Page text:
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Allocating assets key to your investment strategy

Jeffrey Apps and Tracy Tutag
Vail, CO, Colorado

Today’s investors are faced with a multitude of investment options, compounded by a host of questions that in many ways involve highly personalized decisions. For example, how much of your investment portfolio should be invested in stocks versus bonds or cash? How often should you shift your mix of investments, if at all?

You may be surprised to learn that perhaps the most critical element in your portfolio’s performance is not your timing or investment selection, but rather how you allocate your assets. Asset allocation is designed to help manage your exposure to risk. Allocating your investment dollars to different asset categories, such as stocks, bonds, cash and cash equivalents can help manage your overall risk because losses in one category can be offset by potential gains in another, since these asset classes can often perform well or poorly at different times.

Customizing your portfolio



Your financial circumstances, investment goals, time horizon and risk tolerance are some of the major variables that come into play in your asset allocation strategy.

Variable annuities can work well in an asset allocation plan because you can choose from a wide range of investment options that match your specific investment objectives, from pure stock funds to pure bond funds to those containing cash equivalents, or combinations of these.



For example, if your primary objective is capital appreciation, your asset allocation plan might include a large percentage of stock, or equity investment options, say 60 percent for growth potential, 30 percent in income-producing bond funds and the remaining 10 percent in cash or cash equivalent investments, which provide some liquidity as a reserve.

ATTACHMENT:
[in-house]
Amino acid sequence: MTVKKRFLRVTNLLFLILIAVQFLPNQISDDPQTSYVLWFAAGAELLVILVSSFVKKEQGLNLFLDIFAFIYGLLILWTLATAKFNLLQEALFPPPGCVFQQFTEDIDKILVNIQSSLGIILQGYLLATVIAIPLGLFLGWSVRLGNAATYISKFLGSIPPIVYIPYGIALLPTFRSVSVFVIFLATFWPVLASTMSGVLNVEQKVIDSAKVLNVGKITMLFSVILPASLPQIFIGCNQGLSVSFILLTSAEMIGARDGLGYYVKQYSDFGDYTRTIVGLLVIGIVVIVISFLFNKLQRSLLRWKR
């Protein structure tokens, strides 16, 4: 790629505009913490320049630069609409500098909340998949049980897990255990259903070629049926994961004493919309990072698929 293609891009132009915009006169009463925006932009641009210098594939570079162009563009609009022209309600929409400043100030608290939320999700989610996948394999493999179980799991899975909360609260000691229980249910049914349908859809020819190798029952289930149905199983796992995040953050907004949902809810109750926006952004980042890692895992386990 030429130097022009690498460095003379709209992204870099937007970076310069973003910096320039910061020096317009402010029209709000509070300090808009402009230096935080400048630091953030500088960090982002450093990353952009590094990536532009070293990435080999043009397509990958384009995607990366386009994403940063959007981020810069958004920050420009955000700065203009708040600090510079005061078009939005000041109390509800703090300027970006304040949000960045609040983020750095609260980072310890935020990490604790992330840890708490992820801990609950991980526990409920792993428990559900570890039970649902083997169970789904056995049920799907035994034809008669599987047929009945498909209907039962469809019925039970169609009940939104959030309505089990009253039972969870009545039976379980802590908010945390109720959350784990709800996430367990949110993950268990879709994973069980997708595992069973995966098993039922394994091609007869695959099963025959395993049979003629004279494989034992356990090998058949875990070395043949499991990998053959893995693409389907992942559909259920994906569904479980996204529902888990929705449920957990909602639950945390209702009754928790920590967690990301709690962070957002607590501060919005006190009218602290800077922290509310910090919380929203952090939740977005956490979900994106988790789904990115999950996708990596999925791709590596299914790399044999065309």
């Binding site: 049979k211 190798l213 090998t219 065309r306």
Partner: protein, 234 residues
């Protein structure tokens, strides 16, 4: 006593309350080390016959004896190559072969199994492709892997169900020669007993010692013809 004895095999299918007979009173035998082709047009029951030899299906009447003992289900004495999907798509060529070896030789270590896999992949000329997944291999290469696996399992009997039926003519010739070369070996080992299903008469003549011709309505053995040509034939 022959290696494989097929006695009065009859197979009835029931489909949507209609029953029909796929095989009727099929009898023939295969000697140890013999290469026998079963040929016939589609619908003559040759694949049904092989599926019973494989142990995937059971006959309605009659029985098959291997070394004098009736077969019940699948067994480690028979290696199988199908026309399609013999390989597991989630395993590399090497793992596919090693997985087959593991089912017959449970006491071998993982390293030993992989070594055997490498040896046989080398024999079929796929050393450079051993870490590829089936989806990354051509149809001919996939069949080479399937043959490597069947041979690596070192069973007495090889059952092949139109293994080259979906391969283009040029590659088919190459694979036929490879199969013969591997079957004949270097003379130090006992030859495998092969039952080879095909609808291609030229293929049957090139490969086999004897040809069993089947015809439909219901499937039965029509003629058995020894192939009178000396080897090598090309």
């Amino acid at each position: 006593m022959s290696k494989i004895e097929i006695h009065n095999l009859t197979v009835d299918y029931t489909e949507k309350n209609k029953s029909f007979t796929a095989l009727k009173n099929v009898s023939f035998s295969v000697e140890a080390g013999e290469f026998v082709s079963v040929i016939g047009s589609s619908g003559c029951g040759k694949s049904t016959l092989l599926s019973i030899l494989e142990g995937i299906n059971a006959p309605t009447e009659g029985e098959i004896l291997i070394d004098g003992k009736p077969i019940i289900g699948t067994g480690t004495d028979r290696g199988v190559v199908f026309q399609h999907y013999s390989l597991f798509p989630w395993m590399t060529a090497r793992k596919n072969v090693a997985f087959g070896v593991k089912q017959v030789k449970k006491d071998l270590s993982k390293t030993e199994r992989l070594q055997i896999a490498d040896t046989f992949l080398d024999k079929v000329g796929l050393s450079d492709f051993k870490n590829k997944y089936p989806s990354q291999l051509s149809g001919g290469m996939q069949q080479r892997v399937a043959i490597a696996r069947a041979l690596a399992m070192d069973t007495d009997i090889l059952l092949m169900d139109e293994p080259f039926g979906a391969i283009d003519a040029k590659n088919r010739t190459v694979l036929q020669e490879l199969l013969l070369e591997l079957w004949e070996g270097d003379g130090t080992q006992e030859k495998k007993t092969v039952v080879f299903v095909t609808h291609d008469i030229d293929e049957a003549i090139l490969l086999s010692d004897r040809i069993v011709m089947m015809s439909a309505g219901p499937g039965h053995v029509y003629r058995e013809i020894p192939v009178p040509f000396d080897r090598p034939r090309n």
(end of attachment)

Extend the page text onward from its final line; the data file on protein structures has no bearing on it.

On the other hand, if your goals are current income and asset preservation, your asset allocation strategy in your annuity may look something like this: 50 percent invested in income-producing bond funds, 30 percent in cash equivalent instruments and 20 percent in stock funds to provide growth potential.

In addition to providing a convenient method for allocating assets among the various investment categories, nonqualified variable annuities also offer diversification, professional management and tax deferral advantages. It is important to note that as you age, financial circumstances and goals change, you should meet with your investment professional to re-examine your asset allocation mix and adjust your portfolio accordingly.



The financial pyramid

One approach to including all of the major asset categories in your plan is to have your investment professional work with you to structure a financial pyramid composed of the three major asset classes: Cash and cash equivalents (the foundation of the pyramid), bonds at the income level (the midsection) and stocks (the top section), for potential growth or appreciation.

A comprehensive asset allocation strategy will include a customized portion of each asset category based on your individual investment objectives.

Keep in mind, that the savings instruments or investments included in each level of the pyramid carry their own risk versus reward tradeoffs.

Jeffrey Apps and Tracy Tutag sell securities and investment advisory services through AXA Advisors, LLC (member NASD, SIPC) 1290 Avenue of the Americas, New York, NY 212-314-4600 and annuity and insurance products through an insurance brokerage affiliate, AXA Network, LLC and its subsidiaries. They can be reached at 926-0601 or tracy.tutag@axa-advisors.com.


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